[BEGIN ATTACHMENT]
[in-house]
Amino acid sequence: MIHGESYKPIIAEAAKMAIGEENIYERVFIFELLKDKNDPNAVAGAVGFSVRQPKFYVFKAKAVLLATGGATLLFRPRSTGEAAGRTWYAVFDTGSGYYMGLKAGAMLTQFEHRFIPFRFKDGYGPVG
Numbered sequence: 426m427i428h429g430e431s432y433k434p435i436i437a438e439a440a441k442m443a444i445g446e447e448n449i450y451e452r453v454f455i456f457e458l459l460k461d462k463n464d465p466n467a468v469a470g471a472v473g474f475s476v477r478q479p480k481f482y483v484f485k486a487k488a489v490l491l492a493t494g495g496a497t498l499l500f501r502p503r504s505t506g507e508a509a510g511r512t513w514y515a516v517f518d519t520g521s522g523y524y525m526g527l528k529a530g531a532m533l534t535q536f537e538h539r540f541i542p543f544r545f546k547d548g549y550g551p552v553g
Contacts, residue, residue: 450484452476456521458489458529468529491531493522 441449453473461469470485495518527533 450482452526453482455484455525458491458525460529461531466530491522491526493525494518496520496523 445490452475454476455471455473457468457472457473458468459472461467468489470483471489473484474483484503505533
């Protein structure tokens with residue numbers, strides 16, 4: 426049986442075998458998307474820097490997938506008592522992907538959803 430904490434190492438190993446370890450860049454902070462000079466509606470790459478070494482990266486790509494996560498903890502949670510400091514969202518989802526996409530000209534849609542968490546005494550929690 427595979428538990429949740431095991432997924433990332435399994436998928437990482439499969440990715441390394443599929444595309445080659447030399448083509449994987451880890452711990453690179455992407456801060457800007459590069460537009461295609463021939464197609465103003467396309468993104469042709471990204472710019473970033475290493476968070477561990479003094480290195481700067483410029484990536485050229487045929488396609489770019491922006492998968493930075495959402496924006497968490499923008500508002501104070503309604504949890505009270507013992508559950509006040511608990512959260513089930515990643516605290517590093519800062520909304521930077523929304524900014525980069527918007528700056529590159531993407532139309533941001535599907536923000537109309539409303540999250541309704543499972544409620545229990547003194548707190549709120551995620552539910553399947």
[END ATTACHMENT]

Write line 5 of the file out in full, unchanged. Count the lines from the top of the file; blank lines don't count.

């Protein structure tokens with residue numbers, strides 16, 4: 426049986442075998458998307474820097490997938506008592522992907538959803 430904490434190492438190993446370890450860049454902070462000079466509606470790459478070494482990266486790509494996560498903890502949670510400091514969202518989802526996409530000209534849609542968490546005494550929690 427595979428538990429949740431095991432997924433990332435399994436998928437990482439499969440990715441390394443599929444595309445080659447030399448083509449994987451880890452711990453690179455992407456801060457800007459590069460537009461295609463021939464197609465103003467396309468993104469042709471990204472710019473970033475290493476968070477561990479003094480290195481700067483410029484990536485050229487045929488396609489770019491922006492998968493930075495959402496924006497968490499923008500508002501104070503309604504949890505009270507013992508559950509006040511608990512959260513089930515990643516605290517590093519800062520909304521930077523929304524900014525980069527918007528700056529590159531993407532139309533941001535599907536923000537109309539409303540999250541309704543499972544409620545229990547003194548707190549709120551995620552539910553399947």